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By David Staba

No apologies needed for this one.

If it was tough not to dismiss Buffalo's first two victories of 2004 as instances of one bad team stumbling past another in rather hideous fashion, it's even more difficult to not be impressed with the Bills' 22-17 win over the New York Jets on Sunday at Ralph Wilson Stadium.

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For the first time in the Mike Mularkey Era, we saw what the franchise has been promising since early in the Gregg Williams Era:

A dominant defense making game-turning plays and stopping opposing offenses when it really matters.

Solid special teams optimizing field position for the other two units.

And, most of all, an offense that's at once punishing and mistake-free.

Yes, Drew Bledsoe hit 18 of 30 passes for 184 yards and a touchdown. But his most impressive numbers were a pair of zeroes -- no interceptions and no sacks. And he wasn't alone in taking proper care of the ball. The win marked the second straight Sunday without a Buffalo turnover.

It's one thing to play keep away against an Arizona team that played as if it expected the officials to call off the game at any moment due to inclement weather. It's quite another to remain flawless (at least in terms of giveaways) against a Jets team that entered the day 6-1 and fresh off a 41-14 brutalization of Miami just six days earlier.

It would be easy, and probably wrong, to completely attribute the Bills' sudden synchronicity to the emergence of Willis McGahee, but there's no arguing against the notion that he provides the spark and a fair amount of fuel.

He also gives Mularkey and offensive coordinator Tom Clements confidence in their team's ability to pound out tough yardage that they clearly lacked with Travis Henry on the field.

On Buffalo's first series, they sent McGahee up the middle on first down for 5 yards, and again for 4 on second. He got stuffed on third, forcing a punt.

That short-yardage failure came barely two minutes into the game, but you could hear a stadium-wide groan and feel the collective enthusiasm fade just a touch. New running back, same old Bills.

Midway through the quarter, though, Terrence McGee's twisting 38-yard return of a Chad Pennington fumble set Buffalo up at New York's 21-yard line.

In the very recent pass, this was a spot for Bledsoe to loft a hopeful pass in the general direction of Eric Moulds in the end zone, or for Clements to order up one of those fake-double-reverse bits of trickery that only ends in disaster for Buffalo.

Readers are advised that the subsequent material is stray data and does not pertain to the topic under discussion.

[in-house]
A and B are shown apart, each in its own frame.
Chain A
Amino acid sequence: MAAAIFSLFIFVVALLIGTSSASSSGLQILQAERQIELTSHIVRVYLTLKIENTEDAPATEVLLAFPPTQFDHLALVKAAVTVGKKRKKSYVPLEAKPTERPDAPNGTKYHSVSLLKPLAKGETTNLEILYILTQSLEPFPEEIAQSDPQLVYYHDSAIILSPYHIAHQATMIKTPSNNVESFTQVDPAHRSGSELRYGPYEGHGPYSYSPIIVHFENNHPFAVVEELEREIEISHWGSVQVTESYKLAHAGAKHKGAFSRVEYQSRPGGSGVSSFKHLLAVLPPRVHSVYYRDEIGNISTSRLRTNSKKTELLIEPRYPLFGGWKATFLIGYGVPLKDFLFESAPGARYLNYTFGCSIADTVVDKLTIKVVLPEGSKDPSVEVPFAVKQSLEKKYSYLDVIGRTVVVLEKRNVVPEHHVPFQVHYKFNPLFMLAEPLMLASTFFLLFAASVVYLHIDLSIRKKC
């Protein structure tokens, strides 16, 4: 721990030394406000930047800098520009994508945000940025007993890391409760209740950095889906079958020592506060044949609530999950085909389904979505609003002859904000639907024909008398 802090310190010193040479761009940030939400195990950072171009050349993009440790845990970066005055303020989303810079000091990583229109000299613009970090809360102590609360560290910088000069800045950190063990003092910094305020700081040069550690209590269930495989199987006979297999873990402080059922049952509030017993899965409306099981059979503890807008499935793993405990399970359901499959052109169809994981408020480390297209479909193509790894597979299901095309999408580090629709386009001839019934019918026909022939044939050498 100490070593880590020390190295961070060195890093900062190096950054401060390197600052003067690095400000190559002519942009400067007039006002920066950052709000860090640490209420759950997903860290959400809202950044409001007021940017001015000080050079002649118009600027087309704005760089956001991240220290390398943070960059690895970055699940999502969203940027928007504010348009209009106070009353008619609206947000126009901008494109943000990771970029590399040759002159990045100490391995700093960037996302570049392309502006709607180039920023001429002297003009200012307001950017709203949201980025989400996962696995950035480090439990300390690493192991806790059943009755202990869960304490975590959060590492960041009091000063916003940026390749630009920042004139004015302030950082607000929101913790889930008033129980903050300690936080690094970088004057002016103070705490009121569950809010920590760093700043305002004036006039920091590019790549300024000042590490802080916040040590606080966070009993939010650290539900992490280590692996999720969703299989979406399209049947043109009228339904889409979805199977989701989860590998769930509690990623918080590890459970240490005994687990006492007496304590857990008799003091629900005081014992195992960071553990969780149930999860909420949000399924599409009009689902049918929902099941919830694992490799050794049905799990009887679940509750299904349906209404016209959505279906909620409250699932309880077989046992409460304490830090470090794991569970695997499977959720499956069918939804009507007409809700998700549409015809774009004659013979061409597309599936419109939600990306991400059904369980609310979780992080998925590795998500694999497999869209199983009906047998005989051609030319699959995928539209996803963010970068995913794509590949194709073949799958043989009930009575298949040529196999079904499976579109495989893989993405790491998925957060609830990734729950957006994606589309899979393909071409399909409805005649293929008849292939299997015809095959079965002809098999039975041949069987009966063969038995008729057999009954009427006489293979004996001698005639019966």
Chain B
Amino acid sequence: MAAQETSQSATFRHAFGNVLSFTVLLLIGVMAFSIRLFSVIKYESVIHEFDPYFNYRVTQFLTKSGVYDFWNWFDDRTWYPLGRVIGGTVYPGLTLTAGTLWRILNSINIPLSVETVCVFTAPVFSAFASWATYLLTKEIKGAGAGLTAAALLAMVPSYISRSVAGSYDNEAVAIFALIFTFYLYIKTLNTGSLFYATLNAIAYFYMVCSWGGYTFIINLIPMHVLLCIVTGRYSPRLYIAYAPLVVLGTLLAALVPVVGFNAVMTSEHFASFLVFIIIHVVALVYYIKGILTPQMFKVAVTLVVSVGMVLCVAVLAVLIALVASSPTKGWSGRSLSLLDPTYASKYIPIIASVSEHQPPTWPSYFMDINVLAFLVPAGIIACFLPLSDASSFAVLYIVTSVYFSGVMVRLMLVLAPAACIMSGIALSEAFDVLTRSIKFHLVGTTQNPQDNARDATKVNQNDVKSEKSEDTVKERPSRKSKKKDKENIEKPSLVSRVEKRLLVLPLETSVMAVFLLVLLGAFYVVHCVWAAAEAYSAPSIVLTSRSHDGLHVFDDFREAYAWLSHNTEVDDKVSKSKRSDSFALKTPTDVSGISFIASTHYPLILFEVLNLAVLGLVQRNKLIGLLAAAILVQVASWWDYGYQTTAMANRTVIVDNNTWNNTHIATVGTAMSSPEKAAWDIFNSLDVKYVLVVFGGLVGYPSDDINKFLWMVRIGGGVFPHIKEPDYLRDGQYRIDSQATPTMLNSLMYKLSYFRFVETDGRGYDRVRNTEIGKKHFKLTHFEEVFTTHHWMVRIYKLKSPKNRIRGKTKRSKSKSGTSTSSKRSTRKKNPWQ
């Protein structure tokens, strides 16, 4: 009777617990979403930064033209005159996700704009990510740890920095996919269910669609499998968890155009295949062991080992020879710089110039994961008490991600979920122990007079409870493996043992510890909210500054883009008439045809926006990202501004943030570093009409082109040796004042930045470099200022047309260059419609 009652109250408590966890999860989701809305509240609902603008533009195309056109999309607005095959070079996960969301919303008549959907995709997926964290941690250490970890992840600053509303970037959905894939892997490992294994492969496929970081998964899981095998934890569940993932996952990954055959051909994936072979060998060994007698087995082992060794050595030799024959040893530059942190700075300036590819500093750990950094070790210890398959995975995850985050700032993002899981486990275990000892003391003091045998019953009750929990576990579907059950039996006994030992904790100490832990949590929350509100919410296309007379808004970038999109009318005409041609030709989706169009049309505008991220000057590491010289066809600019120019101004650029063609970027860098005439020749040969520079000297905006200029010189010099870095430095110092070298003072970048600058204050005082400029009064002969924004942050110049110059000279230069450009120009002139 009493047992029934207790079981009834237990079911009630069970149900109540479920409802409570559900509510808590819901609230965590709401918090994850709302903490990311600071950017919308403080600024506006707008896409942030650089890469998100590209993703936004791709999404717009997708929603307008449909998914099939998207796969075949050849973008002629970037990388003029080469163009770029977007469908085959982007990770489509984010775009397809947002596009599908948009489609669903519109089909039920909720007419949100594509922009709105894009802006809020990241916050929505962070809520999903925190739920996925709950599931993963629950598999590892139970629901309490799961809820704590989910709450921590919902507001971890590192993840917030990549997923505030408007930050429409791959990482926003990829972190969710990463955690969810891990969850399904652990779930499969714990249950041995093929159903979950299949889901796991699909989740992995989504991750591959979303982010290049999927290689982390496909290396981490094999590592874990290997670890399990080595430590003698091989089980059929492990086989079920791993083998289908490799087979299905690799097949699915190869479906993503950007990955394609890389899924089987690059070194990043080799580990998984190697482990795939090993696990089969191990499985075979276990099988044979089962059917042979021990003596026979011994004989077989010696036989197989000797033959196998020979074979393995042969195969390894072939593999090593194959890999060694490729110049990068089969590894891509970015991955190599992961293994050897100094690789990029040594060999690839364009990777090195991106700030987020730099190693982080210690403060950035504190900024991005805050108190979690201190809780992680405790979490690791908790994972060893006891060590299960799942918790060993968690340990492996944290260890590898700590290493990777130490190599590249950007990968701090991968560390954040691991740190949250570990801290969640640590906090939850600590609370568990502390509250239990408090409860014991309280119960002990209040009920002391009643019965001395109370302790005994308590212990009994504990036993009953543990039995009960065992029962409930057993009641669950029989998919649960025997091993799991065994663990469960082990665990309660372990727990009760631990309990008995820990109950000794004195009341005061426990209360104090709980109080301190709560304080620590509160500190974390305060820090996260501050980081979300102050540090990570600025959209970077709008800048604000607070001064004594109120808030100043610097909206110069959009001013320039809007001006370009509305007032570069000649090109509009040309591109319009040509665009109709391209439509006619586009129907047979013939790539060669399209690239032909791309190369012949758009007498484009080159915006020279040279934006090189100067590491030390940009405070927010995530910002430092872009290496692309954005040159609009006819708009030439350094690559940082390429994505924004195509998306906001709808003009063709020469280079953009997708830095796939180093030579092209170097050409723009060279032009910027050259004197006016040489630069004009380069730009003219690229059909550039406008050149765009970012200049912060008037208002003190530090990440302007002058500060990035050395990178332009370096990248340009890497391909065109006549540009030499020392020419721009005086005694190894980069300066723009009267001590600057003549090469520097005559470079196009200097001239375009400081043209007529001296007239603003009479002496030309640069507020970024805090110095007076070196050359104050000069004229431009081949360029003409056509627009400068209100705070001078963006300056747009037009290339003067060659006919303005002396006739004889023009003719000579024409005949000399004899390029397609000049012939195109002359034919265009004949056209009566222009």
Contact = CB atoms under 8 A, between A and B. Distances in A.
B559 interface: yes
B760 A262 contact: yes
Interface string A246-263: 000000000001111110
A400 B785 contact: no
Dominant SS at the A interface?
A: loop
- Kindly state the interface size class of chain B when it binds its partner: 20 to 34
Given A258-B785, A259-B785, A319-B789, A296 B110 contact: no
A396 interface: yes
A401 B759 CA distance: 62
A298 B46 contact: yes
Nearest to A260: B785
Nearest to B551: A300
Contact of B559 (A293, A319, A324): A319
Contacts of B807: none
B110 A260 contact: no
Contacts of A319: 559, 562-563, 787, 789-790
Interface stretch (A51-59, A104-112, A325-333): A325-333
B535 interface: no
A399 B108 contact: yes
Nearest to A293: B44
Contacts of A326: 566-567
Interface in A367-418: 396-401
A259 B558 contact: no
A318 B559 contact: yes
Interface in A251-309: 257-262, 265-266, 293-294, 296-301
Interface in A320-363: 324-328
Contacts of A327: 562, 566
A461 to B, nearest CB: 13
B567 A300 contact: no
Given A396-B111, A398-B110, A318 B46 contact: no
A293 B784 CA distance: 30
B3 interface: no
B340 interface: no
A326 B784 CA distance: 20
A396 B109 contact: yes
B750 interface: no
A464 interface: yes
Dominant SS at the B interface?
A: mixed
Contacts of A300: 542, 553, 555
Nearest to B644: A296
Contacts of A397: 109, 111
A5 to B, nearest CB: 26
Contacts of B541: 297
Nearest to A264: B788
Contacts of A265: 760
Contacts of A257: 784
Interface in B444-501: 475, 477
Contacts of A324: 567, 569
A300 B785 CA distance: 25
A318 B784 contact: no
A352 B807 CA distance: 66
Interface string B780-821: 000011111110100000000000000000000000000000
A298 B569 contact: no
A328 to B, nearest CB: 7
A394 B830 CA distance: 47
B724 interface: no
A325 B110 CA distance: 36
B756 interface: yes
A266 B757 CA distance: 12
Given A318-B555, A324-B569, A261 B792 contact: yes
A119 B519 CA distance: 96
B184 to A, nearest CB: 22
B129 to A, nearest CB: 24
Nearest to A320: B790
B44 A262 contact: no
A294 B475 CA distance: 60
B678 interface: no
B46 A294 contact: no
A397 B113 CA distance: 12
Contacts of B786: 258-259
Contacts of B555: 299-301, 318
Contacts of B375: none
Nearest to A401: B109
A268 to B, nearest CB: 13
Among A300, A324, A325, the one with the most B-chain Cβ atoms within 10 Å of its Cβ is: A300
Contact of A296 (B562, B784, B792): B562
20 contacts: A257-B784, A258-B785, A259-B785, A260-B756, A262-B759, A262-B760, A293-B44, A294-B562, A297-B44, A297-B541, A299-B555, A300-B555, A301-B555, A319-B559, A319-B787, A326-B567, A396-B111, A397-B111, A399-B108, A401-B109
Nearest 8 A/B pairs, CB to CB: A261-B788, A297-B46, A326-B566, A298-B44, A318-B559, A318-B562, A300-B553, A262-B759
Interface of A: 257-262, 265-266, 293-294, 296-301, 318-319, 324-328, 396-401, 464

Not this time.

Instead, it was McGahee right, McGahee up the middle, McGahee left, leaving the Bills in a dreaded fourth-and-1 situation.

The story of Buffalo's last two seasons has been one of abject failure, or outright surrender, in such situations. On this occasion, though, there was no slow-developing trickery, or resignation to a field-goal attempt. The Bills simply sent McGahee off right tackle, where he picked up a block from backup tight end Tim Euhus and stormed in for the game's first score.

"See how easy that is?" bellowed one fan from the upper deck near the 20-yard line at the scoreboard end of the stadium, from whence BillStuff's ace coverage team took in the game.

As a change of pace from the sports bars, house parties and various other vantage points BS has staked out over the past few seasons, we took our good friend and frequent host Mark up on his offer of a day at the stadium.

While the War Memorial Stadium portion of Bills history predates our football experience, the first journey to the stadium then known as Rich came in 1975, with the Bills of O.J. Simpson, Joe Ferguson and Bobby Chandler hosting Bert Jones, Lydell Mitchell, Roger Carr and the rest of the Baltimore Colts.

The Juice ran wild early that day, running 44 yards for one score and racing 22 and 32 with a pair of passes from Fergy to make it 21-0 early in the second quarter, and it was 28-7 midway through the period.

It almost goes without saying that the Colts stormed back, scoring two touchdowns before halftime and three more in the fourth quarter to win 42-35.

And so began a prolonged, passionate, if often-torturous, affair with the game.

Dozens of trips to Orchard Park on fall Sundays followed over the next 15 years, until professional duties required a change in venue from the stands to the press box, home base for countless contests at home and on the road. Before Sunday, my last outdoor seat for a game was for the 51-3 AFC title game evisceration of the Los Angeles Raiders in January 1991.